But Buhari is defended by erstwhile British Prime Minister Cameron and the Archbishop of Canterbury Justin Welby as trying to do something.
So far it seems Buhari’s “something” is overseeing bloodthirsty massacres of those who call out the injustice whether at home or in Palestine, or demeaning his wife and all women in the process who dare to have an independent thought.
Speaking after the killings of Quds Day 2014, Zakzaky stated:
“Our greatest weapon is the truth. A journalist once asked me to comment on the war between Palestine and Israel. He asked of my view on whether the Palestinian were capable of winning the war with Israel having more sophisticated weapons over Palestine. I told him that the weapons of the Palestinians were never guns. Yes, they do throw stones, yes they do fire rockets, but their greatest weapon was the truth. The truth outlives everything, and no matter the length of time it will be manifest. We do not throw stones here, nor do we fire rockets. Our weapon is the truth that we hold unto, and the truth will triumph.”
When asked about the murder of his children, he said he knew it was a ploy by the authorities to get the movement to take up arms and be discredited in the process. They were not successful then nor now.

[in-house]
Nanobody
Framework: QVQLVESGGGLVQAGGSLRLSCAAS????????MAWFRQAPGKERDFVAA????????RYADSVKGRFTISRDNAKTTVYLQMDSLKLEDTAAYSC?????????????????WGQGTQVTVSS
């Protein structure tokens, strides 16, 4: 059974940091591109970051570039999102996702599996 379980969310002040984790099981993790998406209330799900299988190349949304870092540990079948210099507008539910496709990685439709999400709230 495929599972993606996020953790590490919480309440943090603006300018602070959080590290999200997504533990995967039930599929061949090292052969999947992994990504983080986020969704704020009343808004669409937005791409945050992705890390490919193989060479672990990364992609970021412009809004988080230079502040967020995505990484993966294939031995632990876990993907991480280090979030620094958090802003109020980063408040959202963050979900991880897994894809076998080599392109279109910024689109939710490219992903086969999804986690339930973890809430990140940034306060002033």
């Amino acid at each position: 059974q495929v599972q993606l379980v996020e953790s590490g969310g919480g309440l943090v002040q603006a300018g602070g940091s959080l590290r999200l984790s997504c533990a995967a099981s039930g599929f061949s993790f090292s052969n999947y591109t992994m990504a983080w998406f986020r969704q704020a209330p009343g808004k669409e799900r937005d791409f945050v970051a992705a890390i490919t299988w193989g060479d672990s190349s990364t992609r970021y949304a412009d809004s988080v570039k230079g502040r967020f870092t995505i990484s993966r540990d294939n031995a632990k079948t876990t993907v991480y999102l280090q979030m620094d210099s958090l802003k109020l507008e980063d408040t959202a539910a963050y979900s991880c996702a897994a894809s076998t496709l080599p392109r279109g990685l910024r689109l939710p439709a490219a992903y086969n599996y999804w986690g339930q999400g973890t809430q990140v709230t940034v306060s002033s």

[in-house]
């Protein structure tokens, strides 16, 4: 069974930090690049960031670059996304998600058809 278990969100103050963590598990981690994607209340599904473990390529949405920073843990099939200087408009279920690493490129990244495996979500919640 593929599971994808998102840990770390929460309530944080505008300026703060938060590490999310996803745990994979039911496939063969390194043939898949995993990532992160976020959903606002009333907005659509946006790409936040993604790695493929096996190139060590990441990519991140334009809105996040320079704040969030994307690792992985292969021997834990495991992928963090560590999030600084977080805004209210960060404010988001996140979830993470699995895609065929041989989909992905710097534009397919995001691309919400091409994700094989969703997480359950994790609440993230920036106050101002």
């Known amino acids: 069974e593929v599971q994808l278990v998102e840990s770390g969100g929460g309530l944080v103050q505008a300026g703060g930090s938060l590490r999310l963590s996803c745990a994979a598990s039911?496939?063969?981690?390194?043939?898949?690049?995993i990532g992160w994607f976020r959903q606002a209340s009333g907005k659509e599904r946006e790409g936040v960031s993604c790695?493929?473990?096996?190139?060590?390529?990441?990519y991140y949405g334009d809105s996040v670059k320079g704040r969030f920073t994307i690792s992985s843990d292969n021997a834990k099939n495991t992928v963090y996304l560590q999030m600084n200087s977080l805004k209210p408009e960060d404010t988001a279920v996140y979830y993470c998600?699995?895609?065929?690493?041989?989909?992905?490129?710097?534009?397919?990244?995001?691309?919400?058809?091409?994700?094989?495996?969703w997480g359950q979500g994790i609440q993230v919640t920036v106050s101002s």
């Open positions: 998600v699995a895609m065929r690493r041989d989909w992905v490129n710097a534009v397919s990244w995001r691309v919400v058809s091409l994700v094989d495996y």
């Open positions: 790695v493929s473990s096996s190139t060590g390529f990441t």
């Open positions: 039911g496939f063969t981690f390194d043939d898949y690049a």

Later in 2014 IHRC organised a side panel at the United Nations to speak to the issue of the the Zaria Massacres that summer. Little did we know that in another year we would have to start dating the term Zaria Massacres as 2014 and 2015.
Switzerland would not give Zakzaky a visa. He had to speak by Skype.
Some days before, I dreamt that I was speaking to him (I hadn’t since news of the murder of his children had come). In it I tried to give him condolences but instead all I could so was cry. Instead he began to condole me.
I chaired the Geneva Side panel. The report by IHRC into the massacre was presented (later there would be a small film made). At the end I went over to the laptop now disconnected from the projector to give my condolences to Shaykh El-Zakzaky. Speechless I just wept, he told me that they had patience and he explained parts of the Qur’an to me, on how there would be justice, and how the believers must have sabr.
Sabr, is something the Islamic Movement has had in plenty. Committed to non-violence, their stance to call out corruption and call for a new type of politics, governance and state. Screams of ‘Islamisation’ and ‘Islamist’ inevitably follow, and given that Zakzaky was imprisoned in 1996 for stating, “There is no sovereignty except from Allah”, it’s hard to (and Zakzaky doesn’t) deny. But what is that ‘Islamisation’? Whilst more and more people world-wide have internalised the demonisation of the terms, regurgitating them as meaning to fit whatever bogeyman currently fits the neoliberal paradigm (could be Daesh, could be Ghadafi, could be Taliban, or Hamas, or the PLO, or communists in North Africa, the FLN (and FIS and GIA) and so on), no-one actually seems bothered to ask.